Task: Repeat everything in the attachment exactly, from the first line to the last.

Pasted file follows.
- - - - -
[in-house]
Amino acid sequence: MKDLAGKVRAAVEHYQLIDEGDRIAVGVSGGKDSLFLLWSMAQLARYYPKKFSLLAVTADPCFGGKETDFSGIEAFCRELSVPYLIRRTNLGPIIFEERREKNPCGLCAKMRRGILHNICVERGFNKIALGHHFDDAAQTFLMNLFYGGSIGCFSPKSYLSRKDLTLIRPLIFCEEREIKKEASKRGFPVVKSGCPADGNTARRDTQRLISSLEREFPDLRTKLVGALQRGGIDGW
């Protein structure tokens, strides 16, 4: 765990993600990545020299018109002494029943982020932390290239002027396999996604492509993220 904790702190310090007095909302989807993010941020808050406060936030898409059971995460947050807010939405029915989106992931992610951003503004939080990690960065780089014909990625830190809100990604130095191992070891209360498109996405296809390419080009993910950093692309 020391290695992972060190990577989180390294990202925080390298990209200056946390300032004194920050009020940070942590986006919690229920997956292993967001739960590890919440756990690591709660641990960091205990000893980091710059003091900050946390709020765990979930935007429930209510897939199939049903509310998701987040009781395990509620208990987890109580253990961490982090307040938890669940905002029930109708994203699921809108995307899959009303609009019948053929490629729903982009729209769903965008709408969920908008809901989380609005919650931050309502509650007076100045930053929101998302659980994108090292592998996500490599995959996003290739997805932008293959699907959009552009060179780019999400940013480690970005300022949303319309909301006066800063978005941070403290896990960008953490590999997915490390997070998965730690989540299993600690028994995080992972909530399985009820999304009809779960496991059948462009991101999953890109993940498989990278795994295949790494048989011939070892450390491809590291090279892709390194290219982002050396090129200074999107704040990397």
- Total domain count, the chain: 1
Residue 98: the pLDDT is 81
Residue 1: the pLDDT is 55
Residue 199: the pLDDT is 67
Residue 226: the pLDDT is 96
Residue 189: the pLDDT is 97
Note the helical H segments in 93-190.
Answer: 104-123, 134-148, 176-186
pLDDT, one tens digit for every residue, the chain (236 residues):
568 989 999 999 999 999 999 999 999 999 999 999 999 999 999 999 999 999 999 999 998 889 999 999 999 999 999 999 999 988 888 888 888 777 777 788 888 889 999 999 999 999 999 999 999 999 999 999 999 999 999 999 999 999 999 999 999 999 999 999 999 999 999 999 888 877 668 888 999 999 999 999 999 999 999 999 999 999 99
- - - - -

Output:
[in-house]
Amino acid sequence: MKDLAGKVRAAVEHYQLIDEGDRIAVGVSGGKDSLFLLWSMAQLARYYPKKFSLLAVTADPCFGGKETDFSGIEAFCRELSVPYLIRRTNLGPIIFEERREKNPCGLCAKMRRGILHNICVERGFNKIALGHHFDDAAQTFLMNLFYGGSIGCFSPKSYLSRKDLTLIRPLIFCEEREIKKEASKRGFPVVKSGCPADGNTARRDTQRLISSLEREFPDLRTKLVGALQRGGIDGW
């Protein structure tokens, strides 16, 4: 765990993600990545020299018109002494029943982020932390290239002027396999996604492509993220 904790702190310090007095909302989807993010941020808050406060936030898409059971995460947050807010939405029915989106992931992610951003503004939080990690960065780089014909990625830190809100990604130095191992070891209360498109996405296809390419080009993910950093692309 020391290695992972060190990577989180390294990202925080390298990209200056946390300032004194920050009020940070942590986006919690229920997956292993967001739960590890919440756990690591709660641990960091205990000893980091710059003091900050946390709020765990979930935007429930209510897939199939049903509310998701987040009781395990509620208990987890109580253990961490982090307040938890669940905002029930109708994203699921809108995307899959009303609009019948053929490629729903982009729209769903965008709408969920908008809901989380609005919650931050309502509650007076100045930053929101998302659980994108090292592998996500490599995959996003290739997805932008293959699907959009552009060179780019999400940013480690970005300022949303319309909301006066800063978005941070403290896990960008953490590999997915490390997070998965730690989540299993600690028994995080992972909530399985009820999304009809779960496991059948462009991101999953890109993940498989990278795994295949790494048989011939070892450390491809590291090279892709390194290219982002050396090129200074999107704040990397």
- Total domain count, the chain: 1
Residue 98: the pLDDT is 81
Residue 1: the pLDDT is 55
Residue 199: the pLDDT is 67
Residue 226: the pLDDT is 96
Residue 189: the pLDDT is 97
Note the helical H segments in 93-190.
Answer: 104-123, 134-148, 176-186
pLDDT, one tens digit for every residue, the chain (236 residues):
568 989 999 999 999 999 999 999 999 999 999 999 999 999 999 999 999 999 999 999 998 889 999 999 999 999 999 999 999 988 888 888 888 777 777 788 888 889 999 999 999 999 999 999 999 999 999 999 999 999 999 999 999 999 999 999 999 999 999 999 999 999 999 999 888 877 668 888 999 999 999 999 999 999 999 999 999 999 99